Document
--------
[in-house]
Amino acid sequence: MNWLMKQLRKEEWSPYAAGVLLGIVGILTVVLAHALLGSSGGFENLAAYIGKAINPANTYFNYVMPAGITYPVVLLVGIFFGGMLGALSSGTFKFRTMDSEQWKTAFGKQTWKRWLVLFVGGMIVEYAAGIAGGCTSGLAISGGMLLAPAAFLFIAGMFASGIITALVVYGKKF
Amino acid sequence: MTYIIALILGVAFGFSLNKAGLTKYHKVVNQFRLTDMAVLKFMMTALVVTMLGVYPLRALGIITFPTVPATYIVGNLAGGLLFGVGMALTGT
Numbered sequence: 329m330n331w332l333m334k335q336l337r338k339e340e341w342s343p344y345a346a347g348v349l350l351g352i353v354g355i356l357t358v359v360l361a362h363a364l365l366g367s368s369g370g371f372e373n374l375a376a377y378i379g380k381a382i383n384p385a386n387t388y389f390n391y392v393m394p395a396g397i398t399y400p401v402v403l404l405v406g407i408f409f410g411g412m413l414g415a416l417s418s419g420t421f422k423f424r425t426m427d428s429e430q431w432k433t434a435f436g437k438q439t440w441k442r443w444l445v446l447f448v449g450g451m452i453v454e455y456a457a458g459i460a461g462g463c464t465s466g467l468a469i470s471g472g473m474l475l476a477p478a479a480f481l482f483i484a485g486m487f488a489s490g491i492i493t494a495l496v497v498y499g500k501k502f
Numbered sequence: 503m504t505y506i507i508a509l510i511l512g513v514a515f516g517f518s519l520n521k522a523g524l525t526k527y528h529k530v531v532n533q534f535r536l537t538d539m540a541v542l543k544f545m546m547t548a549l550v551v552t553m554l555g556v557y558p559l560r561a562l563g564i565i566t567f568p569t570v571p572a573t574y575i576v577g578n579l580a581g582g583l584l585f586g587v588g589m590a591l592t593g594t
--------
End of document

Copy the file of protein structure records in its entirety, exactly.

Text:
[in-house]
Amino acid sequence: MNWLMKQLRKEEWSPYAAGVLLGIVGILTVVLAHALLGSSGGFENLAAYIGKAINPANTYFNYVMPAGITYPVVLLVGIFFGGMLGALSSGTFKFRTMDSEQWKTAFGKQTWKRWLVLFVGGMIVEYAAGIAGGCTSGLAISGGMLLAPAAFLFIAGMFASGIITALVVYGKKF
Amino acid sequence: MTYIIALILGVAFGFSLNKAGLTKYHKVVNQFRLTDMAVLKFMMTALVVTMLGVYPLRALGIITFPTVPATYIVGNLAGGLLFGVGMALTGT
Numbered sequence: 329m330n331w332l333m334k335q336l337r338k339e340e341w342s343p344y345a346a347g348v349l350l351g352i353v354g355i356l357t358v359v360l361a362h363a364l365l366g367s368s369g370g371f372e373n374l375a376a377y378i379g380k381a382i383n384p385a386n387t388y389f390n391y392v393m394p395a396g397i398t399y400p401v402v403l404l405v406g407i408f409f410g411g412m413l414g415a416l417s418s419g420t421f422k423f424r425t426m427d428s429e430q431w432k433t434a435f436g437k438q439t440w441k442r443w444l445v446l447f448v449g450g451m452i453v454e455y456a457a458g459i460a461g462g463c464t465s466g467l468a469i470s471g472g473m474l475l476a477p478a479a480f481l482f483i484a485g486m487f488a489s490g491i492i493t494a495l496v497v498y499g500k501k502f
Numbered sequence: 503m504t505y506i507i508a509l510i511l512g513v514a515f516g517f518s519l520n521k522a523g524l525t526k527y528h529k530v531v532n533q534f535r536l537t538d539m540a541v542l543k544f545m546m547t548a549l550v551v552t553m554l555g556v557y558p559l560r561a562l563g564i565i566t567f568p569t570v571p572a573t574y575i576v577g578n579l580a581g582g583l584l585f586g587v588g589m590a591l592t593g594t